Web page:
A data link layer is responsible for the transmission of data frames from one node to another. This layer establishes a unique identification number for every device on the network. Different implementations of a data link layer protocol implement NACK differently. For example, High-Level Data Link Control (HDLC), a bit-oriented code-transparent synchronous data link layer protocol, uses REJ messages for NACK. While IBM’s Binary Synchronous Communication (BSC) uses NACK messages for negative acknowledgments, the Point-to-Point protocol uses forms for both NACK and REJ messages for negative acknowledgments.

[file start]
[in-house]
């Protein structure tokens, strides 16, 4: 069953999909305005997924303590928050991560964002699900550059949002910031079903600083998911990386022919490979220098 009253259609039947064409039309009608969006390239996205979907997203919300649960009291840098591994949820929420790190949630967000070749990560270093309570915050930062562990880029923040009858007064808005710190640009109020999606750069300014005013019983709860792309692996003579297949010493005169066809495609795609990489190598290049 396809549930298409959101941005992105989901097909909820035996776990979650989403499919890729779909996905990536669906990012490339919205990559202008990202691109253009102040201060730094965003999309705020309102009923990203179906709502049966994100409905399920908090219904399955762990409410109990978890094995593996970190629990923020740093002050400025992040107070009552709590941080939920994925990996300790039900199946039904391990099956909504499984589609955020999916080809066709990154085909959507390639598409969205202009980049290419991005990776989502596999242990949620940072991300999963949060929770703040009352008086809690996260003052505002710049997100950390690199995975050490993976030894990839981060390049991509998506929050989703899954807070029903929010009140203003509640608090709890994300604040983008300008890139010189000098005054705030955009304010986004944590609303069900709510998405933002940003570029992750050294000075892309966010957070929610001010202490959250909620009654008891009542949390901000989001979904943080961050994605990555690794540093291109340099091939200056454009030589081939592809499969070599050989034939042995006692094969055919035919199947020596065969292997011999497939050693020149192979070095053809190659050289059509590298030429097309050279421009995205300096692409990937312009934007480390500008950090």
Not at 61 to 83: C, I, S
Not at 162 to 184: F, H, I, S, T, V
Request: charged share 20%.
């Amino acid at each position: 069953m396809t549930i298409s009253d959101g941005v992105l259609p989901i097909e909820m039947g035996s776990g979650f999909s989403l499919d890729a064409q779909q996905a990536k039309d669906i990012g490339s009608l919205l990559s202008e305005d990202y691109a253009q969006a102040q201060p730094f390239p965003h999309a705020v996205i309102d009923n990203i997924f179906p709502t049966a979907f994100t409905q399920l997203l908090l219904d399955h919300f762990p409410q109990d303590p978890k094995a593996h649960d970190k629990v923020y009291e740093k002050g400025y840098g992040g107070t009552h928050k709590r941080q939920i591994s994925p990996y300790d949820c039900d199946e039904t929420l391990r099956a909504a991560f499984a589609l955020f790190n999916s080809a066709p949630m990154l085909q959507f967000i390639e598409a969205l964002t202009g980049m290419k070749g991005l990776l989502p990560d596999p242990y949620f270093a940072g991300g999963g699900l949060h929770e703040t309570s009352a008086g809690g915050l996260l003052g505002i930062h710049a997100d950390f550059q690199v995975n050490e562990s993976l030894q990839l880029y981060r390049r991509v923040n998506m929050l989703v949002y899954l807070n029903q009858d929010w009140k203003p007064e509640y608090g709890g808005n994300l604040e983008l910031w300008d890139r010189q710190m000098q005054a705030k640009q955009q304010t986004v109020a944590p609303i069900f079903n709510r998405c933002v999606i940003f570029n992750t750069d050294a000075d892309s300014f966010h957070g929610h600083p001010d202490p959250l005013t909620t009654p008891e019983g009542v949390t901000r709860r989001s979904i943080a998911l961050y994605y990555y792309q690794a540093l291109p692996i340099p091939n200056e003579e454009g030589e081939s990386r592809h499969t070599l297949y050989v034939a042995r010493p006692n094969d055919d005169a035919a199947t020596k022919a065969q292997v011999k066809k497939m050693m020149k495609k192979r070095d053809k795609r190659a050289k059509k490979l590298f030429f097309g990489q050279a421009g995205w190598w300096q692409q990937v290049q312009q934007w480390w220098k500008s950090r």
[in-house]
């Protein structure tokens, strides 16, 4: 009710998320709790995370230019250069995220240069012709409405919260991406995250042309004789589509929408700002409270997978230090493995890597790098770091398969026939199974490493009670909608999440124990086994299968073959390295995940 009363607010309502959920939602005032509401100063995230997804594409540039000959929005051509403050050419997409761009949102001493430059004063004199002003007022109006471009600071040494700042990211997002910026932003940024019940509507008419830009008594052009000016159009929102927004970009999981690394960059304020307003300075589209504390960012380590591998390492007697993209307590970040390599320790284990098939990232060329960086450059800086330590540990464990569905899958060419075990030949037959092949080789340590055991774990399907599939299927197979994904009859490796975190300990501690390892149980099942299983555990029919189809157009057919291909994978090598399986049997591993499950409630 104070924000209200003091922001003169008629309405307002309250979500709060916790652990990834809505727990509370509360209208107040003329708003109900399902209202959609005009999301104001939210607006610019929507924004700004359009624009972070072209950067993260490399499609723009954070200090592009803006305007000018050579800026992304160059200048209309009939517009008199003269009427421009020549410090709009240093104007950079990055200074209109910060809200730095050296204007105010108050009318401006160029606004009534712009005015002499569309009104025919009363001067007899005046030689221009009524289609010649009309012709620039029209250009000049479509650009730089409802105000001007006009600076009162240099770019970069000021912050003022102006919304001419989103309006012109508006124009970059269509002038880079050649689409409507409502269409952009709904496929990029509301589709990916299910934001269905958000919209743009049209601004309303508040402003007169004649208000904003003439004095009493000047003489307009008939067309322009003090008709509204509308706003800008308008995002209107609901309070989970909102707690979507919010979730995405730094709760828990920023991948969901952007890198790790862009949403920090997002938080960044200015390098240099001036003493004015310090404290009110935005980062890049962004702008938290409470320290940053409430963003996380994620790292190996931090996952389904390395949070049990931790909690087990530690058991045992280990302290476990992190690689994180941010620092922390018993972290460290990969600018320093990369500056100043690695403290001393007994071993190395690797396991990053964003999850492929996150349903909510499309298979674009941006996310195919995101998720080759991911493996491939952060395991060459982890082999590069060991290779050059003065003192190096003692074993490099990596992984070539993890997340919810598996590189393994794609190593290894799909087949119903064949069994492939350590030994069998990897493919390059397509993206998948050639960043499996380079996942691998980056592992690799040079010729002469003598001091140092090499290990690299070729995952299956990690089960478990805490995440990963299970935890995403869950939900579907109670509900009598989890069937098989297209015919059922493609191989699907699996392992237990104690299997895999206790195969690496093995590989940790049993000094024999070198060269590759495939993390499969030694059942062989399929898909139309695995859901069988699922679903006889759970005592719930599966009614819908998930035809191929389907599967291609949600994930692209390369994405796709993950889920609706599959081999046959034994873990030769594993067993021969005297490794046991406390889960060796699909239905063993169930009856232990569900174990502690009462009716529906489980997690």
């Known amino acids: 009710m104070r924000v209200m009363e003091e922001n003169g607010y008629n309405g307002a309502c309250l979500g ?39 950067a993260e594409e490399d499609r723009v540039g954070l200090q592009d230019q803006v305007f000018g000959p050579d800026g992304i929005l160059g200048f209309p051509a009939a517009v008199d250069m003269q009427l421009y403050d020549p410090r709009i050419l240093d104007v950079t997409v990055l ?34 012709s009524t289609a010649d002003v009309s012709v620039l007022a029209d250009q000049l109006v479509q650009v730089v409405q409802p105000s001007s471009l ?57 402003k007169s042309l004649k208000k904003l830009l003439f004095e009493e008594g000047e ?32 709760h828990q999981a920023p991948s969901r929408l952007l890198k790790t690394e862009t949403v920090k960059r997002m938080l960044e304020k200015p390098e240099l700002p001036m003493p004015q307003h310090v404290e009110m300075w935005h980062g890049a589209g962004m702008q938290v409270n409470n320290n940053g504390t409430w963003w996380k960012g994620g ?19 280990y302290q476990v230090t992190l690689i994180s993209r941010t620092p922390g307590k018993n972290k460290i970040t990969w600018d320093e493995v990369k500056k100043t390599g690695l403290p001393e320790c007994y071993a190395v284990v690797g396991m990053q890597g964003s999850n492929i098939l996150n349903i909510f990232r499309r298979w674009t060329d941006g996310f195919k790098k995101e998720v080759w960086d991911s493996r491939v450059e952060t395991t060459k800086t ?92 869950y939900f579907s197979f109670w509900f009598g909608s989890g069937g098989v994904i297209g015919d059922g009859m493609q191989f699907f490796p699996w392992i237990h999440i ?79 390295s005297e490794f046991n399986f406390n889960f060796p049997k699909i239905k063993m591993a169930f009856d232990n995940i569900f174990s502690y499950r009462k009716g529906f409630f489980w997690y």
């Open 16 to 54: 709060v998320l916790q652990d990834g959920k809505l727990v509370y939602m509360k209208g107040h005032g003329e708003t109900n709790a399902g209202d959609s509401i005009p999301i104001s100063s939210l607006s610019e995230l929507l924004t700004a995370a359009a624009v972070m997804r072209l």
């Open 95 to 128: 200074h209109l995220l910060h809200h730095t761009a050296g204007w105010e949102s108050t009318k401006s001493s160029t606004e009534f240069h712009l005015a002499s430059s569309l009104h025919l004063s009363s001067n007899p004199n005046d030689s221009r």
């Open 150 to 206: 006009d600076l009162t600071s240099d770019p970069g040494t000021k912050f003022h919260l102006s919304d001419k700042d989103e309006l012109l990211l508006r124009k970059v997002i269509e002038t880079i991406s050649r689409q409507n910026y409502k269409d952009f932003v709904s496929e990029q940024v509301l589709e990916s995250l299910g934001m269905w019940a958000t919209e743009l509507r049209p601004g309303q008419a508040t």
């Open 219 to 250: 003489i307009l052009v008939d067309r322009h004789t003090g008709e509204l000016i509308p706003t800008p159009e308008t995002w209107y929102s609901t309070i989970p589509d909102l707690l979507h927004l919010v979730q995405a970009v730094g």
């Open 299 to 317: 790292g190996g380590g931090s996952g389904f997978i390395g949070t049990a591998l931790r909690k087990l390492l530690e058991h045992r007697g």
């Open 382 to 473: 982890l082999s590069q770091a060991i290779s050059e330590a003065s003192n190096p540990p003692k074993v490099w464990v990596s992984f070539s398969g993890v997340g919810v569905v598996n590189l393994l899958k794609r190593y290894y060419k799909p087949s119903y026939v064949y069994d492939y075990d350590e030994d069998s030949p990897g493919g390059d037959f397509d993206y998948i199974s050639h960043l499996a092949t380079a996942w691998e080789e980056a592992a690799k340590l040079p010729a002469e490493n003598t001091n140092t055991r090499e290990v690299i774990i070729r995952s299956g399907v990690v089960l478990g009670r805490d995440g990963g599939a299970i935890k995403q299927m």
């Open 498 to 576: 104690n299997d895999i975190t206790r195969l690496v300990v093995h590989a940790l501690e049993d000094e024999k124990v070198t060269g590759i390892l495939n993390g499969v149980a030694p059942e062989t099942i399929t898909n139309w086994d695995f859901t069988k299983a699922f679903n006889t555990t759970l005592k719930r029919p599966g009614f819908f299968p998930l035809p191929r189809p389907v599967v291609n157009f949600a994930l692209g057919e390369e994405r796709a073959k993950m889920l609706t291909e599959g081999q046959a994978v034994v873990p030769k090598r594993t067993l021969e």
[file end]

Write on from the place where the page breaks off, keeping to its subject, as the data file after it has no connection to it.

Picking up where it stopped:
2. Application Layer Protocols

The application layer is the top-most layer of an OSI model. It acts as a window for a user to access several functionalities. These could be resource allocation, file transfer and management, directory services, and more. The Society for Worldwide Interbank Financial Telecommunication (SWIFT), a globally acknowledged society that supports financial transactions and payments globally, implements both ACK and NACK for acknowledgment and negative acknowledgment of data packets. Dynamic Host Configuration Protocol (DHCP) on the other hand, another application layer protocol, uses NACK to determine expired internet protocol addresses or an incorrect network subnet. 

3. Physical Layer Protocols